Kristen Forbes has been quietly dealing with her binge disorder in therapy and felt that she earned the right to keep it to herself, but she wants and needs help.
“Do you want to jump?”
My boyfriend and I gazed at tall rocks overlooking the turquoise ocean in Hawaii. After driving on the road to Hana for hours, we were out in the salty air, feeling the heat of the sun as it pressed down on us. A group of travelers with fun accents took turns jumping from the rocks into the water below, ecstatic screams escaping their throats as they hurled their bodies downward. Come on in, they seemed to be saying. The water is fine.
Did I want to jump? Yes. Yes, yes, yes, yes, yes.
“I’m not sure,” I said to my boyfriend. I pulled at the fabric of my dress, rearranging it over my swimsuit. I felt queasy, both from carsickness and nervousness. When it comes to swimwear, I’d prefer to wear something as close to a snowsuit as possible. I’d like to cover myself in sand, sink into the ground, and blend with the earth. Instead, I was wearing a bikini. Jumping into the ocean would have required standing on that ledge in front of a crowd—and in front of my boyfriend—with most of my skin exposed.
I felt like a little girl, and in many ways I am. When I was young and living in a small town, my shyness was so consuming, I would stand behind the fort at recess and hide, waiting for the 15 minutes to end. I would not talk to anyone. I would stand by myself and wait.
Somehow, I thought I could fake my way through Hawaii. I thought I could wear boy shorts and pretend I don’t hate my butt. (Is it possible to look at that much cellulite and not feel failure?) I thought I could put on a sundress and pretend not to be bothered by my stretch marks, the result of years spent not eating enough and then eating too much, of depriving myself in public and then going home and eating everything in sight.
I thought I could meet his entire family (mom, dad, brother, sister-in-law, two young nieces) and hang out for a week wearing minimal clothing, and somehow come off as being OK. I thought my secrets were securely hidden.
I do not tell people about this thing of mine. I do not say: “My name is Kristen and I sneak behind closed doors and stuff myself with food to avoid feeling anything real. To avoid dealing with my shyness, my awkwardness, my sense that I’m unlike anyone else in this world. To avoid my fears of death and love and ending up alone. I want someone to hold me and love me, but who could love a mess like this?”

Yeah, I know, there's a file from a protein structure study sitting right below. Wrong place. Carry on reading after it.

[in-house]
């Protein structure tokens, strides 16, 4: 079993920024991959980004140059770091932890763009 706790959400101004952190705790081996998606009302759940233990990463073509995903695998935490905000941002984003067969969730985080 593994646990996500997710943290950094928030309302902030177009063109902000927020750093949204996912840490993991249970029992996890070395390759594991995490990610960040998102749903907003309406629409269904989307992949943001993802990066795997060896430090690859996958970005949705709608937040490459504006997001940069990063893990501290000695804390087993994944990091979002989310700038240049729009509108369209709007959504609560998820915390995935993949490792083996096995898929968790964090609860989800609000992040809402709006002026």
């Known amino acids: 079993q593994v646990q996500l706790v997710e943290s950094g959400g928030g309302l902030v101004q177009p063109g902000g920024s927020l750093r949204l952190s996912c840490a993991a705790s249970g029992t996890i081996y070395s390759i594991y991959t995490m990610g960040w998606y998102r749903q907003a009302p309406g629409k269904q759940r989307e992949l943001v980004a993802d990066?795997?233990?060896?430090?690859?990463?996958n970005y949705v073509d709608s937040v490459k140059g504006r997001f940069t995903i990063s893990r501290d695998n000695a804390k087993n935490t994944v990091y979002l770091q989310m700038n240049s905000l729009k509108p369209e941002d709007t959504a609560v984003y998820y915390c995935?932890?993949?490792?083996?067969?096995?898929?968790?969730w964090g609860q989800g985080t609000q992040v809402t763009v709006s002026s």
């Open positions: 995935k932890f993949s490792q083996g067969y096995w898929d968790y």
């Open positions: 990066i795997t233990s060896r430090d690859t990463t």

I do not say these things. I say that I’m excited to go to Hawaii when I’m terrified. I say that the plans for dinner sound great when I know my relationship with food is terrible. I say that I am working on my writing even when I’m not, when the fear of failure sits so heavily on my shoulders that I spend hours at a time staring at the wall across from me instead of attempting to flit my fingers across the keyboard.
I once walked down the hall of the retirement center where I work behind a dead body. Of course, it didn’t look like a body: It was in a bag, being wheeled out on a gurney. But I knew it was a dead body, and I knew this woman had been alive only moments before. Here, and then gone. Alive, and then dead.
Who was the first one to see my grandma’s body after she died? My aunt had to remove the jewelry from her hands and said it was the hardest thing she ever did. I wear my grandma’s wedding ring on my right hand now and sometimes I think about it being there on her dead hand. Sparkling. Glimmering. Shining in the stillness of death.
The thing about older people is that they die. There is no way around this. And if they’re not dying, they’re dealing with physical ailments and mental decline. They shuffle in their walkers or roll around in their wheelchairs and ask the same questions again and again and sometimes when I’m at work I feel like I can’t breathe.
I should run. I should run and run and run while I have the opportunity. While I have the body and the health and the youth to be able to keep putting one foot in front of another, covering the earth with my footsteps.